F I N K B U I L T

Scale model cockpit FPV

fpv
cool scale cockpit video

Funny Zoo Snap

man enjoys elephant My wife noticed this in the family archives.

RC Nitro motorcycle racing

rc motorcycle Motorcycle racing in Lilliput.

Manned RC Multicopter

manned multicopter
Here’s an RC multicopter big enough to ride on!

Make: Talk 004

make: Talk 004
I had a fun time talking to Mark Frauenfelder in episode 4 of his new podcast, Make: Talk!

One Man Basement Band

one man band
I feel like I could be getting more mileage out of my right foot.

Liberty

liberty vintage motorcycles An Etsy portrait. Thanks, Danny.

Tequila Sleeve

tequila the champs
Champs sleeve

Wolf-Stelzer Book Lamp

Book Lamp
My friend Tess just made the cover of ReadyMade with her cool lamp design.

Tree Stump Bug

null
Can this be for real? The design is so awesomely Thunderbirds. Via

The Nothing Box

nothing box

Thunderbirds

Thunderbirds are go
Are Go!

Command Center

command center
Sweet assemblage spaceship’s bridge.

Four Drano’s

drano
Watch the sink slowly, all but disappear from the design .

Toothpaste Aerosol

toothpaste aerosol
Aerosol toothpaste




Project ukulele comes to a close

Finkbuilt soprano ukulele model A number 001 has rolled of the line.

Finish

I began the last phase of the uke project by masking the fretboard and brushing on a coat of satin polyurethane. I quickly realized that I had forgotten to locate and mask off the the bridge saddle position prior to applying the finish. As soon as the initial coat of finish had dried, I scraped it away from the spot where the saddle would be glued to the body. Four more coats of gloss polyurethane completed the finish.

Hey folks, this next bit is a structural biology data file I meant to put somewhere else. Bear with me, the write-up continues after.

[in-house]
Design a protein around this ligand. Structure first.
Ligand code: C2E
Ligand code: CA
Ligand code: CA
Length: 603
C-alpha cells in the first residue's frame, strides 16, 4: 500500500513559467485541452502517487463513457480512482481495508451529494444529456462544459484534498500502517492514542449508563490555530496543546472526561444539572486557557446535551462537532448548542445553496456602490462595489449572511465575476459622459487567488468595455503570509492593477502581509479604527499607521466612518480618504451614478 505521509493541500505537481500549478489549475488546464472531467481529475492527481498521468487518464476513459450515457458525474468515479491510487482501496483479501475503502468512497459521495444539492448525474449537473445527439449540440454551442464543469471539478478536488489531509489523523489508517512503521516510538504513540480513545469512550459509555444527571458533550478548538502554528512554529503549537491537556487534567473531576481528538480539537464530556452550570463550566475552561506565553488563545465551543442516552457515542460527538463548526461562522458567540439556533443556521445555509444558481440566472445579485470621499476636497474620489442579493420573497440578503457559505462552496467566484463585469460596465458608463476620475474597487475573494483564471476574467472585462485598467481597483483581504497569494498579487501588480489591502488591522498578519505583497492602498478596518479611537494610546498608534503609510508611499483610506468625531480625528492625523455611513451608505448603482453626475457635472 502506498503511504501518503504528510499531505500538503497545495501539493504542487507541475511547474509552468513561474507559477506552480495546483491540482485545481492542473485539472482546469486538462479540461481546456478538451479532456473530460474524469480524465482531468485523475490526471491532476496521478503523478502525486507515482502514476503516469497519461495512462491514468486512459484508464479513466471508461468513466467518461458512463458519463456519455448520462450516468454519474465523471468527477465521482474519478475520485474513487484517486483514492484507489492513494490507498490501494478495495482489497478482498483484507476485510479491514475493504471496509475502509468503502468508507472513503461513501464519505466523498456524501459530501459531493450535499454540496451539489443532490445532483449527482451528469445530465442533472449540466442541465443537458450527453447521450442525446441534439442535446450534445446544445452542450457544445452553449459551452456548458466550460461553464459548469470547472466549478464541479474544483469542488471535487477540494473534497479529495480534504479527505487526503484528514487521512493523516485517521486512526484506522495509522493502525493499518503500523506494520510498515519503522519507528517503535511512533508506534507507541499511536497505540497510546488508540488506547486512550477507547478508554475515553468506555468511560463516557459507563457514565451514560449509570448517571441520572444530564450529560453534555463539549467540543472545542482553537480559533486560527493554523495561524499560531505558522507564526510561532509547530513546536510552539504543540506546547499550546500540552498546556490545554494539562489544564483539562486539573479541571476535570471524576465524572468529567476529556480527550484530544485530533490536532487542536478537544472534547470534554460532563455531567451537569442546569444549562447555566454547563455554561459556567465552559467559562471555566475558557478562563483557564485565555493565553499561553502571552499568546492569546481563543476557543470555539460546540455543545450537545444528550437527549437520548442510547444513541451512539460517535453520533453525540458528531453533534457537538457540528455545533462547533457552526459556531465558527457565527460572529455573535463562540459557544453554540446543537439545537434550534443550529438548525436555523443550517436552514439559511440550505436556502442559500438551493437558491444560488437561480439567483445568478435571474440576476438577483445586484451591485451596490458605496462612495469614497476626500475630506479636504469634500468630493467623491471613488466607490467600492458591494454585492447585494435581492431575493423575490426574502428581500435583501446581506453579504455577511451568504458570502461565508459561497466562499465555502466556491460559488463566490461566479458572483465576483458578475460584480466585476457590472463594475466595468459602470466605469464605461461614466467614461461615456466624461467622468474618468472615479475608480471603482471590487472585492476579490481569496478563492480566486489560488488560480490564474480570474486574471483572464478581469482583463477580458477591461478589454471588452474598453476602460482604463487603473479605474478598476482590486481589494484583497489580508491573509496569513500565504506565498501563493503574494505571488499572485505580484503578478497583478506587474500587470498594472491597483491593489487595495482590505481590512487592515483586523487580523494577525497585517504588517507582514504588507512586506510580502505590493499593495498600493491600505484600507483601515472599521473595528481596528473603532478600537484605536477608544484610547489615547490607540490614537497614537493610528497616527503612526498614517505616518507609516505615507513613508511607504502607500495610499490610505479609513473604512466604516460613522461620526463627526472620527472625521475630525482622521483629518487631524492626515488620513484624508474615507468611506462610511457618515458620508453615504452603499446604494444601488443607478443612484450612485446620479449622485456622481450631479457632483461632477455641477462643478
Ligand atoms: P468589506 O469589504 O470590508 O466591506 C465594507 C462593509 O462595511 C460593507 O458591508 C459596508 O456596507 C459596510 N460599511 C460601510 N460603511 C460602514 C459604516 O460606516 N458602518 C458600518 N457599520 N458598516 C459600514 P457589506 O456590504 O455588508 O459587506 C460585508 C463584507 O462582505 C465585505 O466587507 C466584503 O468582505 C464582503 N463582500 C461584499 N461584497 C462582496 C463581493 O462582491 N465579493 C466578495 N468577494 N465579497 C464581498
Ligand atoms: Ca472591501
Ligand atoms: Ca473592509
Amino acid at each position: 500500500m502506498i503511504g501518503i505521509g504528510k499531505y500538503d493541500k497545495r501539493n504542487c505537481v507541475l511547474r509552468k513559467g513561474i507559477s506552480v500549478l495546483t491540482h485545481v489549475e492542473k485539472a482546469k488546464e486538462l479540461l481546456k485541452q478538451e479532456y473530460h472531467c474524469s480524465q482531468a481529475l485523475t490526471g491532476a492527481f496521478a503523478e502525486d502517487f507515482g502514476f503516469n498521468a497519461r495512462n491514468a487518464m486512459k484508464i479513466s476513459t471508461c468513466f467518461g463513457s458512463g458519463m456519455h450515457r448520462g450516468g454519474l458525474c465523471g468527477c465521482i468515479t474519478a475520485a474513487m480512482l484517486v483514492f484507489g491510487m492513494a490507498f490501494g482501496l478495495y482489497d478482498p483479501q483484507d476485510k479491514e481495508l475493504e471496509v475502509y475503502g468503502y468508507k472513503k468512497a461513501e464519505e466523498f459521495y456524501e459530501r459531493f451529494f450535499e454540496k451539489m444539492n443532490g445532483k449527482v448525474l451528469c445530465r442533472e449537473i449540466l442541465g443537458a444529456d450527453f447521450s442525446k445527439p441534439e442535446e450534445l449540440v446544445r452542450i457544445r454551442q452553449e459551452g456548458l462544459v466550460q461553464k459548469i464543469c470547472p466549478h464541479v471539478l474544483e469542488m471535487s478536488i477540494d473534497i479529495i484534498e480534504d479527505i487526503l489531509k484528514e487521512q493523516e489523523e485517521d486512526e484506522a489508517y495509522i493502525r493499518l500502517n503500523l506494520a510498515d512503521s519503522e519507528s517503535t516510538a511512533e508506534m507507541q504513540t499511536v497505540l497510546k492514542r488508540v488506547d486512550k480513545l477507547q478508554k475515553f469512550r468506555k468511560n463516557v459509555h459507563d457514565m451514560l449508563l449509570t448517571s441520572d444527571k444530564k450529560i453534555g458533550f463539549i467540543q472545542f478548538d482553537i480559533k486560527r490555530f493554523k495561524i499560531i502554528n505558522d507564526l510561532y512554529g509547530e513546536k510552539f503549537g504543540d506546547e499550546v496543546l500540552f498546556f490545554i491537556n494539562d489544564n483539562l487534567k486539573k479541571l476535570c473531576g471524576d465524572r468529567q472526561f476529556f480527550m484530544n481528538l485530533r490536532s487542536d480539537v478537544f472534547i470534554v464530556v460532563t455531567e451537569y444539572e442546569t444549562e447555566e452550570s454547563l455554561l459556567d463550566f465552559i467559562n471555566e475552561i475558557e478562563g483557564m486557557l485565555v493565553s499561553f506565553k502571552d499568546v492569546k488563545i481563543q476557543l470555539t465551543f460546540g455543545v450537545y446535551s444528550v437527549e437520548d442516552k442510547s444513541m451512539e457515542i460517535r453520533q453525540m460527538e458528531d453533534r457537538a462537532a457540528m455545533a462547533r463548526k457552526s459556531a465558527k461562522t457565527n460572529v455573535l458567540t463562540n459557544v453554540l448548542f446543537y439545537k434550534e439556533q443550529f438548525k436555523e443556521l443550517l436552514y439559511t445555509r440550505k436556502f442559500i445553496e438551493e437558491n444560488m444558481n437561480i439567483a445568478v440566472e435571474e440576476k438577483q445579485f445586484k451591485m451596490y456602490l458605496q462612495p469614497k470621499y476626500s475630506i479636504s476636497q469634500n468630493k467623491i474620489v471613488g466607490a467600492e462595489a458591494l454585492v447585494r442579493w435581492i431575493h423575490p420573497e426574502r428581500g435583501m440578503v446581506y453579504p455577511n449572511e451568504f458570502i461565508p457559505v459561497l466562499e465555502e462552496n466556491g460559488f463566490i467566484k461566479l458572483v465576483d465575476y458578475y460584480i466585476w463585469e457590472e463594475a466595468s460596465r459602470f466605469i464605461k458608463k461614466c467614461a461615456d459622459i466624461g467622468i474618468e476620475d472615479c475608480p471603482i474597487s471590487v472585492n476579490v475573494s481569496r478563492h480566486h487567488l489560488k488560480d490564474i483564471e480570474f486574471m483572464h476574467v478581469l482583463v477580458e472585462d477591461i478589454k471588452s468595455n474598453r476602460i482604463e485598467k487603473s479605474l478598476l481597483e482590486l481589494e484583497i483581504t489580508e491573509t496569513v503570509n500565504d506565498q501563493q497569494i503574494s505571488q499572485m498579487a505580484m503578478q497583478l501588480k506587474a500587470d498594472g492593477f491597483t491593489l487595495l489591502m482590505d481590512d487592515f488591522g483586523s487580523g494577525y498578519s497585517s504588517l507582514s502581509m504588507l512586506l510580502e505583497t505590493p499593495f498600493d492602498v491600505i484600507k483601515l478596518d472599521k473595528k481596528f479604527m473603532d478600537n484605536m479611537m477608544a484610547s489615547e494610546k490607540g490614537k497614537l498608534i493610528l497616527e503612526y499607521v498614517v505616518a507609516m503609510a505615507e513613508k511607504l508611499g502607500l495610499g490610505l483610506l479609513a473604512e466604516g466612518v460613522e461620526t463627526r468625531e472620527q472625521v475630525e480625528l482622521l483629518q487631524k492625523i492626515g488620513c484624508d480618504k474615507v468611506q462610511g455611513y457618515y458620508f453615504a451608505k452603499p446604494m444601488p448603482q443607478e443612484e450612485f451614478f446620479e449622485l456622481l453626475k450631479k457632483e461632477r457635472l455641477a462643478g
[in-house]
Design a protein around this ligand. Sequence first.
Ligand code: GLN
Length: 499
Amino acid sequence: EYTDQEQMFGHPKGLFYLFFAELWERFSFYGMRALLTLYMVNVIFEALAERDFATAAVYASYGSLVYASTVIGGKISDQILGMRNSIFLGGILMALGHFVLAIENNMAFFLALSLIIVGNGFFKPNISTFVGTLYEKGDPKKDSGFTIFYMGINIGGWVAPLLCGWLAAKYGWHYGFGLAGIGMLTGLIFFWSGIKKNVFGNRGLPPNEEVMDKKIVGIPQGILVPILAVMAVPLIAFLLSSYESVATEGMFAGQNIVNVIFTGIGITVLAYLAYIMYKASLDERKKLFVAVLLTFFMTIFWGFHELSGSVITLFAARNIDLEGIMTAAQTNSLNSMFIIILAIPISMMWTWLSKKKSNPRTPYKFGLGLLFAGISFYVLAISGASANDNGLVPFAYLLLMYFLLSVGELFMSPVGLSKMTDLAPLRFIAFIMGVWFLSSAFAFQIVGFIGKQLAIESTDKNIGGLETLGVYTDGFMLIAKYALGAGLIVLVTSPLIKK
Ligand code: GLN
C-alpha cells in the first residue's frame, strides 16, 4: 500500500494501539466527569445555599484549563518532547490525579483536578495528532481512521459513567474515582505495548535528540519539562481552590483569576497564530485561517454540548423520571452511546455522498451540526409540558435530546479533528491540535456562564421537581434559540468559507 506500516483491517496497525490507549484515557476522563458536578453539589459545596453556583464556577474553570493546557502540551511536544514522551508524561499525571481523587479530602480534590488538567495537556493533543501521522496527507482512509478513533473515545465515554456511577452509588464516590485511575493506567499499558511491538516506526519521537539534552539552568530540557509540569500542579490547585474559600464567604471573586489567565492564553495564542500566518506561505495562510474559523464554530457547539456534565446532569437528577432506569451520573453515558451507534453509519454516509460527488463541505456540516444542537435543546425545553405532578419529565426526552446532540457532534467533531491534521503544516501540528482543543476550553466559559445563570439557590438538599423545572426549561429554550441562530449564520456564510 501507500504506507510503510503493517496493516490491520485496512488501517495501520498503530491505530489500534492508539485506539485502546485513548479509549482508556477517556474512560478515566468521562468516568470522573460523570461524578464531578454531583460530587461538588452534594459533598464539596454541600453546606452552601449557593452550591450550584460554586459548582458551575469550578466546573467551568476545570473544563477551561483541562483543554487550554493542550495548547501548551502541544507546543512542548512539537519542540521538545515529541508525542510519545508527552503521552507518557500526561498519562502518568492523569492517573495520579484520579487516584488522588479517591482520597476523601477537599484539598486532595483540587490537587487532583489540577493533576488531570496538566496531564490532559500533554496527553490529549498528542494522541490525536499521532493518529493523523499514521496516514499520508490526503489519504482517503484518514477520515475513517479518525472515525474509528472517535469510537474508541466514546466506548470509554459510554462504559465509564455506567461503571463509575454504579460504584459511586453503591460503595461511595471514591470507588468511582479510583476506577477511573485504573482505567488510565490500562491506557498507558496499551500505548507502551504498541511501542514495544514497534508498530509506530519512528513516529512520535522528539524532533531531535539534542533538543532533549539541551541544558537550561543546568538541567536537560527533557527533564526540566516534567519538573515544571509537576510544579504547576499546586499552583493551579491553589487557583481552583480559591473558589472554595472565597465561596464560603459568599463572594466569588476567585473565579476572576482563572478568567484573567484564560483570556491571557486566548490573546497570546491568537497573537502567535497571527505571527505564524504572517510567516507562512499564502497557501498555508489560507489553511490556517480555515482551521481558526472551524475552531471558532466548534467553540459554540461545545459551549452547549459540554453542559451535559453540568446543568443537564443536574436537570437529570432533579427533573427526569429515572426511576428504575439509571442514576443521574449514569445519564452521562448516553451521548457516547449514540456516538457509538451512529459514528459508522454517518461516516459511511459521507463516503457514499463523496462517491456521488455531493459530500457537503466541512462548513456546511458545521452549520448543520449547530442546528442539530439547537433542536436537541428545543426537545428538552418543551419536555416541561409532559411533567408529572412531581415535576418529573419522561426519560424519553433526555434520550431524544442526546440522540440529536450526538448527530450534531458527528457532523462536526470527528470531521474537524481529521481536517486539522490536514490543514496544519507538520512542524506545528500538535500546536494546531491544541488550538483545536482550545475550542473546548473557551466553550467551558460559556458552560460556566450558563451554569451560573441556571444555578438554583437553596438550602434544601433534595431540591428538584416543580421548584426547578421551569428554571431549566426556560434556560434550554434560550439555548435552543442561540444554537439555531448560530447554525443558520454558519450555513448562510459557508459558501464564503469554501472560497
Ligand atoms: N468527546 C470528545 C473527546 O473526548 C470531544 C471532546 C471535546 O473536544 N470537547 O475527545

Bridge and Nut

Next, I glued and clamped the bridge saddle into position and let that dry overnight. Using the grizzly bridge as a pattern, I made a new bridge out cocobolo to replace the one that came with the kit, which was made from some splintery, semi-hard mystery wood.

I glued the nut into place at the top of the fingerboard, and installed the bridge into the saddle. Next came the economy friction tuners, which dropped right in without any complaints. A single screw holds the knob to the peg and serves as an adjuster for the tuner friction.

Setting the action

With all of the parts in place, I strung up the uke and checked the action, which was sky high, so I used a fine saw to deepen the slots in the nut so that the strings just barely hovered over the first fret. I finished bringing the action down to Earth by sanding the bridge until the strings were about 1/8th of an inch above the 12th fret.

Label

Just to make everything look official, I whipped up a little manufacturer’s label to go inside the body, so that when you peer into the sound hole, you get the feeling that the instrument was made by somebody Legit.

So there you have it. The uke was a fun project and I got to try my hand at a new branch of tinkering and hopefully I’ve created an heirloom trinket. Now I just need to figure out how to play it. I think I’ll start with David Bowie’s Queen Bitch.